The premise of the movie is that a veteran officer (played by Tom Cruise) of the U.S. Army, scarred by Indian War battles, is hired in 1876 by the Japanese government to assist in the modernization of their army. The Emperor and his advisers have one major obstacle to overcome in fulfilling a complete modernization: a band of samurai intent on clinging to the old ways. In his first encounter with them, Cruise’s character reluctantly leads a contingent of poorly-trained conscripts that is completely decimated by the superior force of the samurai. He is captured and nursed back to health after impressing the samurai leader with his valiant resistance prior to capture.

After several months of observation, Cruise’s character sloughs off his resistance to the samurai culture, learning Japanese and the way of the samurai in quick succession. He gradually achieves a grudging acceptance among the elite samurai for his bravery and attempts to learn their culture. In a surprise raid on the samurai camp by ninja forces unknown and never identified, Cruise’s character saves the samurai leader’s life several times and earns his respect. They part company as friends.

Cruise’s character then comes to learn that the samurai leader has been captured and will be executed. Inexplicably, he decides to rescue him and join his rebellion. The climactic battle scene rivals Braveheart and The Patriot in its complexity and the viewer’s inability to follow the action. Anyone who knows their Japanese history (or even anything about World War II) will know the results of that skirmish. Suffice it to say, the samurai did not bomb Pearl Harbor in 1941.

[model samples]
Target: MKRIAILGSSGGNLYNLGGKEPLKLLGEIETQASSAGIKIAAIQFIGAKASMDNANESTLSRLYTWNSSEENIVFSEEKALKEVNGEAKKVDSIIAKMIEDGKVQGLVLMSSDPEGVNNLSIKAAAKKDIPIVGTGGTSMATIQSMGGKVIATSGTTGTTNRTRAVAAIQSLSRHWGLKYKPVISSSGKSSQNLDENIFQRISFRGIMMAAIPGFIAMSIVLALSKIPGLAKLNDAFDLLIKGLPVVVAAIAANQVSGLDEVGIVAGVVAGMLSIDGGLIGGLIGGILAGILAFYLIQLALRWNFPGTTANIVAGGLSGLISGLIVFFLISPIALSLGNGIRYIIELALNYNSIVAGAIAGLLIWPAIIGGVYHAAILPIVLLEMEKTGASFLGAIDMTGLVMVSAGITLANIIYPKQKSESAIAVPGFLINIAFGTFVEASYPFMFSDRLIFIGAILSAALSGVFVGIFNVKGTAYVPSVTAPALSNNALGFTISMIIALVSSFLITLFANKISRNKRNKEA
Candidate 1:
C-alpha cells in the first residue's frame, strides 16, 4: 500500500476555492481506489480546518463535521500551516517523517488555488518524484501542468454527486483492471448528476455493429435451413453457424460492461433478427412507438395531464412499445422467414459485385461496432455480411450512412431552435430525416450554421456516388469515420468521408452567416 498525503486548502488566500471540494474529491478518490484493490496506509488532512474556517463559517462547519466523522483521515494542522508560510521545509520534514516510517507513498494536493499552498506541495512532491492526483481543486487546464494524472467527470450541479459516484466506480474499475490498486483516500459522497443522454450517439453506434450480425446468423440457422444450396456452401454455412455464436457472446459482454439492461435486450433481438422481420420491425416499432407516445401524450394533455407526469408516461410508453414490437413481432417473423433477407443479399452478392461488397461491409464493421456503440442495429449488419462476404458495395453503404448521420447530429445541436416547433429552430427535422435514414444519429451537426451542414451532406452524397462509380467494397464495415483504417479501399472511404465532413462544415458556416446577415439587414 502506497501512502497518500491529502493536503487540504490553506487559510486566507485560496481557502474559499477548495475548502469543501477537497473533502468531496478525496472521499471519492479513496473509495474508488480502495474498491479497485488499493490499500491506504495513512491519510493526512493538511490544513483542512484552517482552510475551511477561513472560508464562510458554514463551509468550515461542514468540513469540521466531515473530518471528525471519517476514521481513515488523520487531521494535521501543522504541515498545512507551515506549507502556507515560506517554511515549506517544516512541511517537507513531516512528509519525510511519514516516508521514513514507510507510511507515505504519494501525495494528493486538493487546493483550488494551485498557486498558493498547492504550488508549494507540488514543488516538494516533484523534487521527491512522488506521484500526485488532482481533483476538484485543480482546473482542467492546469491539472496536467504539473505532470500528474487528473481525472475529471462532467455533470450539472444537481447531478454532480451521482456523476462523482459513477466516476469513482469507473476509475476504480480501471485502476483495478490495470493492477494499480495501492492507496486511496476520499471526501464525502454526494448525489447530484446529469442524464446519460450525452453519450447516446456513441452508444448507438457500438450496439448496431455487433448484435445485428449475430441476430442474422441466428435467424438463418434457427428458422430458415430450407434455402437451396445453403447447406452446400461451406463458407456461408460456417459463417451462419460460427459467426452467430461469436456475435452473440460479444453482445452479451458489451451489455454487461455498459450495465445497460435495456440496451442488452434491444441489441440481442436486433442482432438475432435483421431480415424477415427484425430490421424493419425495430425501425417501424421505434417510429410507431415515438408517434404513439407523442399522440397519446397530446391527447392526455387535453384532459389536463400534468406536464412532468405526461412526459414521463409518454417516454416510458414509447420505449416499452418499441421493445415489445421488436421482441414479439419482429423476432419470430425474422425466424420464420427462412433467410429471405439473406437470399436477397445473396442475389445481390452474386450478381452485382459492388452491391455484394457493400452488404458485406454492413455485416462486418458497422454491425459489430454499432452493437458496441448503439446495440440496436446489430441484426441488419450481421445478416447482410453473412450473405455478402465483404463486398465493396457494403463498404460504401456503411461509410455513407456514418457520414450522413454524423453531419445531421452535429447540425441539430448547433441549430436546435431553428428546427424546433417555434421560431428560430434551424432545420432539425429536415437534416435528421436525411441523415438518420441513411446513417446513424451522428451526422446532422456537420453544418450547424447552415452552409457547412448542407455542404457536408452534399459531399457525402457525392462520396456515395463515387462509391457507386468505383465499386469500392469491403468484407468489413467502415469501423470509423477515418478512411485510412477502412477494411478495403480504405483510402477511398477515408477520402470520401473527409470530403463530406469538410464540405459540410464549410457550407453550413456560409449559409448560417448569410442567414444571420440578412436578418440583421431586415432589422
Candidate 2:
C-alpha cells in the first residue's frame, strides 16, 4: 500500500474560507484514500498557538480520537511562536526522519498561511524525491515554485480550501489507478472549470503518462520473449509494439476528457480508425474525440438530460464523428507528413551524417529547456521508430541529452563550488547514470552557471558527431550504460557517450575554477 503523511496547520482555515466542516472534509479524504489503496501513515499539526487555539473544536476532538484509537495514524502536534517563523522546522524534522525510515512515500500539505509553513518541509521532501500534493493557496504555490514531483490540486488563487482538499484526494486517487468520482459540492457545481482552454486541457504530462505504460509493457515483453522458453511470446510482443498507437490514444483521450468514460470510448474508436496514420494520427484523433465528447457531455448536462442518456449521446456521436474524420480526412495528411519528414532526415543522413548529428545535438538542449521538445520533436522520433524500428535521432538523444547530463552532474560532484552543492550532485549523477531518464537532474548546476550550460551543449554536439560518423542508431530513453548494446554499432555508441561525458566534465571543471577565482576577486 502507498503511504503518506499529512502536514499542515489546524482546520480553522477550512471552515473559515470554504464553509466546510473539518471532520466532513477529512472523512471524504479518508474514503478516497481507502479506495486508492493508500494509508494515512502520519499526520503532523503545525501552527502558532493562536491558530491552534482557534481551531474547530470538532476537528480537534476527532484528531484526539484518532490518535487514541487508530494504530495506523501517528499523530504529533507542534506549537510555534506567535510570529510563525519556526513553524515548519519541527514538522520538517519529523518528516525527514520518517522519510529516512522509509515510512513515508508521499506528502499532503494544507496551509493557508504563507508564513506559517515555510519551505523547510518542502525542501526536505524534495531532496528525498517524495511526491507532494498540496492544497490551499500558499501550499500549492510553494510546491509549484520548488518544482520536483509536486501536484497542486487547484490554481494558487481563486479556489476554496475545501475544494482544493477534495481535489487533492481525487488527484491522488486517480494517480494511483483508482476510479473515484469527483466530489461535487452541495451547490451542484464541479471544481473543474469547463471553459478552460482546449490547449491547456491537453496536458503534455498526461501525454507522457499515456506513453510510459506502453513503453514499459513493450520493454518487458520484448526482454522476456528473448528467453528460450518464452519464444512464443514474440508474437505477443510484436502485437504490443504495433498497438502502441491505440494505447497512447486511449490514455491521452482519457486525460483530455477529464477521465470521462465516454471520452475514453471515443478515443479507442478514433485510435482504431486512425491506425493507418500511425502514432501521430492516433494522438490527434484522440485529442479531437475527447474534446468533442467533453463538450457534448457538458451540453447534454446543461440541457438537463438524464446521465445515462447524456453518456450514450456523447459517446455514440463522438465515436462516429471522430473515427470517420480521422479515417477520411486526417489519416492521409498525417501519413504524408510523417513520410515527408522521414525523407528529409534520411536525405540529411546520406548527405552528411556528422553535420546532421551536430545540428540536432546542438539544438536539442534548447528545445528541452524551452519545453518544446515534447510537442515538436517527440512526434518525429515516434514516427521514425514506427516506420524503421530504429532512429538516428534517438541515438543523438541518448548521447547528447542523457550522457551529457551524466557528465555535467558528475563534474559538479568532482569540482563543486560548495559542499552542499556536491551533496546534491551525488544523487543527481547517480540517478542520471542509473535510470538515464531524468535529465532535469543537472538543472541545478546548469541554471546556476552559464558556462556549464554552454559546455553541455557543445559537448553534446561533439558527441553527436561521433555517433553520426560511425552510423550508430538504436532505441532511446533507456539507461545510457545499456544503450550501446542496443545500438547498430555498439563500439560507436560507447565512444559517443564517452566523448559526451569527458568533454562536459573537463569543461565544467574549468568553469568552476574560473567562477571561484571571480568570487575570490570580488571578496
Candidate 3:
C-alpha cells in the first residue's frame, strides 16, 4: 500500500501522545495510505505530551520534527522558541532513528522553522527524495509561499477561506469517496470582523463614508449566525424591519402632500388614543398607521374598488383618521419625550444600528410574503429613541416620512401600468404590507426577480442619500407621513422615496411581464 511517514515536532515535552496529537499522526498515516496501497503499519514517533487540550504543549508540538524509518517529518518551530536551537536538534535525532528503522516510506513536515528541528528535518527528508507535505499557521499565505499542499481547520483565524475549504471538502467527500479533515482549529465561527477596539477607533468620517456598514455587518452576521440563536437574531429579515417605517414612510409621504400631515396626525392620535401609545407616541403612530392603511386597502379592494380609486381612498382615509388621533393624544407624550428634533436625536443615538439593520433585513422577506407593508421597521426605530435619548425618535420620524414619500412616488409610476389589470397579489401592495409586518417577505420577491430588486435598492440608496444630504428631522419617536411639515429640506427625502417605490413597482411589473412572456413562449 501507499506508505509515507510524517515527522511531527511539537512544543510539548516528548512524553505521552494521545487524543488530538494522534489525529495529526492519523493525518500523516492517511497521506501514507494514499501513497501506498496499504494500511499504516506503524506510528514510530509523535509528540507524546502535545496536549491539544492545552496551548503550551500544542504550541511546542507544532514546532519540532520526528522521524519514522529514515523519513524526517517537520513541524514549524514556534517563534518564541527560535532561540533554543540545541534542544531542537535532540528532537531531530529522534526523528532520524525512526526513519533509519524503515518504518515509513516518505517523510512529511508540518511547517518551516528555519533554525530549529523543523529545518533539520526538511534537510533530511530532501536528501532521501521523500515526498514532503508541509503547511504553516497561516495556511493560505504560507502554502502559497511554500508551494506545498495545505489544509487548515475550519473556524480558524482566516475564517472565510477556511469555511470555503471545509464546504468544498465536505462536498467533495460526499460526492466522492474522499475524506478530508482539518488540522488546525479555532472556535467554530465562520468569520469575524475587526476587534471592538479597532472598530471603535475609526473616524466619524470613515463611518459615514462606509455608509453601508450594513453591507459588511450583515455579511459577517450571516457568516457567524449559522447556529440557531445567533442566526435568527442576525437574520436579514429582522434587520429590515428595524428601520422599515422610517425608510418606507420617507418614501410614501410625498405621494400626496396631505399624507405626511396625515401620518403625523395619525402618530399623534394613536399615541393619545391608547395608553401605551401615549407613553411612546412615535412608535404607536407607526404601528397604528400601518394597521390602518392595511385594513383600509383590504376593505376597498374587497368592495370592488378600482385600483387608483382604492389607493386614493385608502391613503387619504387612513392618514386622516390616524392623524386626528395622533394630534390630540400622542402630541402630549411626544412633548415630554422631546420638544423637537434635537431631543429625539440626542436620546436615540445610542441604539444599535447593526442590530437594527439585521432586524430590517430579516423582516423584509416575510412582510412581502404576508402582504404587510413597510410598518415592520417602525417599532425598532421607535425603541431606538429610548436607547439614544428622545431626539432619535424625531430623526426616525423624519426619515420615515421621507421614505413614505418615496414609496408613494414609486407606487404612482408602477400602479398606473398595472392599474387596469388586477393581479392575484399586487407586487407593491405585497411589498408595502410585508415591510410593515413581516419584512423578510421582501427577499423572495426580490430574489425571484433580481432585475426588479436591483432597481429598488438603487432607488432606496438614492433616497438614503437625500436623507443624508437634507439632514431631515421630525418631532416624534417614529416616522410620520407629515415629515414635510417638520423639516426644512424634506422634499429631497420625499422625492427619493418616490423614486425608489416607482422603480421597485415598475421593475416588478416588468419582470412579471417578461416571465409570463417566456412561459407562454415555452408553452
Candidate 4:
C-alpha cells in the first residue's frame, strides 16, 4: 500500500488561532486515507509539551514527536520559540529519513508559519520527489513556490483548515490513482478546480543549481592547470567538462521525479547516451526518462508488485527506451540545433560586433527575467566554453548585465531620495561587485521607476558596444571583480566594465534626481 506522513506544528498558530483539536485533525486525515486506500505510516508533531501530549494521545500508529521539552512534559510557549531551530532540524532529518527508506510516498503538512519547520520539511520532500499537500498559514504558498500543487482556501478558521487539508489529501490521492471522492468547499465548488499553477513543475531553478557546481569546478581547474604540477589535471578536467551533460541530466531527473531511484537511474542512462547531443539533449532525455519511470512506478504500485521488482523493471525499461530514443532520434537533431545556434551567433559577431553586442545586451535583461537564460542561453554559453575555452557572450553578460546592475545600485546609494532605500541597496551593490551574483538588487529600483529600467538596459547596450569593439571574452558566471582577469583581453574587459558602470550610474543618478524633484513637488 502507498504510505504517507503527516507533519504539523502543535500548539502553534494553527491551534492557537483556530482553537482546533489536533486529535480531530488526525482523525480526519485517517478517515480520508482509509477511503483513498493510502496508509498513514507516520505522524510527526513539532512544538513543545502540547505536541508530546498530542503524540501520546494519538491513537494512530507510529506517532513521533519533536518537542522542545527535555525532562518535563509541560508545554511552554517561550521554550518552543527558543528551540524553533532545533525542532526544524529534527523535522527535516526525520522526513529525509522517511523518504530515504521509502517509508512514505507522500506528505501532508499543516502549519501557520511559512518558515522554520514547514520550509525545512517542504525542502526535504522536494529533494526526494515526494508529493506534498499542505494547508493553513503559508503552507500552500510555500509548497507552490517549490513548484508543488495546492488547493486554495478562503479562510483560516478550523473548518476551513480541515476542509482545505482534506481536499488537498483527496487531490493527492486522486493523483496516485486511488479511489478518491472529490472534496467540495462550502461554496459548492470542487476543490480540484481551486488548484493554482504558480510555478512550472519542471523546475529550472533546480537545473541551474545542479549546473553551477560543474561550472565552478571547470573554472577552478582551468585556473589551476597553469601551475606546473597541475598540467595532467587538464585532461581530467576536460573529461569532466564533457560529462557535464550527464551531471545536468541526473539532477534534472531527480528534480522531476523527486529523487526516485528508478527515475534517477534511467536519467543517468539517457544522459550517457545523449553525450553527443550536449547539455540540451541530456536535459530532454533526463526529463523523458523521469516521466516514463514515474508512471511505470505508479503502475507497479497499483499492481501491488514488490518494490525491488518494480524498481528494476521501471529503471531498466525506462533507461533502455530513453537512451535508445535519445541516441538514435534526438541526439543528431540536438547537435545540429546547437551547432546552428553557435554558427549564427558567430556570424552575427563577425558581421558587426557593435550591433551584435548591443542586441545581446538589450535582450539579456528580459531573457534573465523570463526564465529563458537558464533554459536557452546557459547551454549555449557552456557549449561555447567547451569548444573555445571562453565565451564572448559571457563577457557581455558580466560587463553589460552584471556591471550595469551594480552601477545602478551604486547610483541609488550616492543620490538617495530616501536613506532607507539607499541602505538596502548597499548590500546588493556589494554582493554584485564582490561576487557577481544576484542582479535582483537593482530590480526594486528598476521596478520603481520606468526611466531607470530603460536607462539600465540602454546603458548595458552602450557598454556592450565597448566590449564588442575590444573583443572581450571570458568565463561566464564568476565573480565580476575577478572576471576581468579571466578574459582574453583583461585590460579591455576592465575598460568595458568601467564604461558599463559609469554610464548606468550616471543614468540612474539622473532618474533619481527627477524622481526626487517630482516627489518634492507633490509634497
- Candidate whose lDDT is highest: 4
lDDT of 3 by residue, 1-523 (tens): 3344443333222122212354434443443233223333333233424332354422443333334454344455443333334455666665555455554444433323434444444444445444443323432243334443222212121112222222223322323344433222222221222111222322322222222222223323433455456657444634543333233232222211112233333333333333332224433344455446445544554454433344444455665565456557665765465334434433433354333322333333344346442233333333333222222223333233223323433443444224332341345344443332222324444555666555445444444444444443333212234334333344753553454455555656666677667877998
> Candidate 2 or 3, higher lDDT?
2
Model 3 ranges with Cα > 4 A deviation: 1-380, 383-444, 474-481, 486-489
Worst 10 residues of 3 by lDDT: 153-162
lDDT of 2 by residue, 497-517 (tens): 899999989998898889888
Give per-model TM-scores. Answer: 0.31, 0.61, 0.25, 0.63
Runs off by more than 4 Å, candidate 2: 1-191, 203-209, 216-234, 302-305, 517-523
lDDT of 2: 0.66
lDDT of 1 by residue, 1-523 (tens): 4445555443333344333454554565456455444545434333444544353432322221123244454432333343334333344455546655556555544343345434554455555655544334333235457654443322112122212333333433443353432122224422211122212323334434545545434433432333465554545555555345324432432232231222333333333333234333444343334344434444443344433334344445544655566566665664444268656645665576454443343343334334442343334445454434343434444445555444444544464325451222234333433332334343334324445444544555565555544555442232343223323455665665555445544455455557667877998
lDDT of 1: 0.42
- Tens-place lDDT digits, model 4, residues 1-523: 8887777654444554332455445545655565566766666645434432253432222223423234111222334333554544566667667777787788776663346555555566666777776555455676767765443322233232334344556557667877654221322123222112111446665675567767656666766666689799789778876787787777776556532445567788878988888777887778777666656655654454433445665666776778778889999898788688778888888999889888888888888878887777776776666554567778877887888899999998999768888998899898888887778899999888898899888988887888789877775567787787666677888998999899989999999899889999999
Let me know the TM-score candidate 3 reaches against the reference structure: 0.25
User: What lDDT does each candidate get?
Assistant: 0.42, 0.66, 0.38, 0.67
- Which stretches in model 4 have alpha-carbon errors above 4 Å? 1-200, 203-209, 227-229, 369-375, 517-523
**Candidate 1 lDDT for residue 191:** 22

The story is hackneyed: the thoughtful turncoat is pervasive enough to probably be an archetype. The inanity of the plot is compounded by the sugary sentimentality of Cruise’s outbursts, the cravenness of his U.S. Army superiors, the dishonorability of the Japanese modernizers, the maudlin plight of the samurai, and the historical blind-eye turned toward the realities of the samurai. I’ll briefly take each in turn.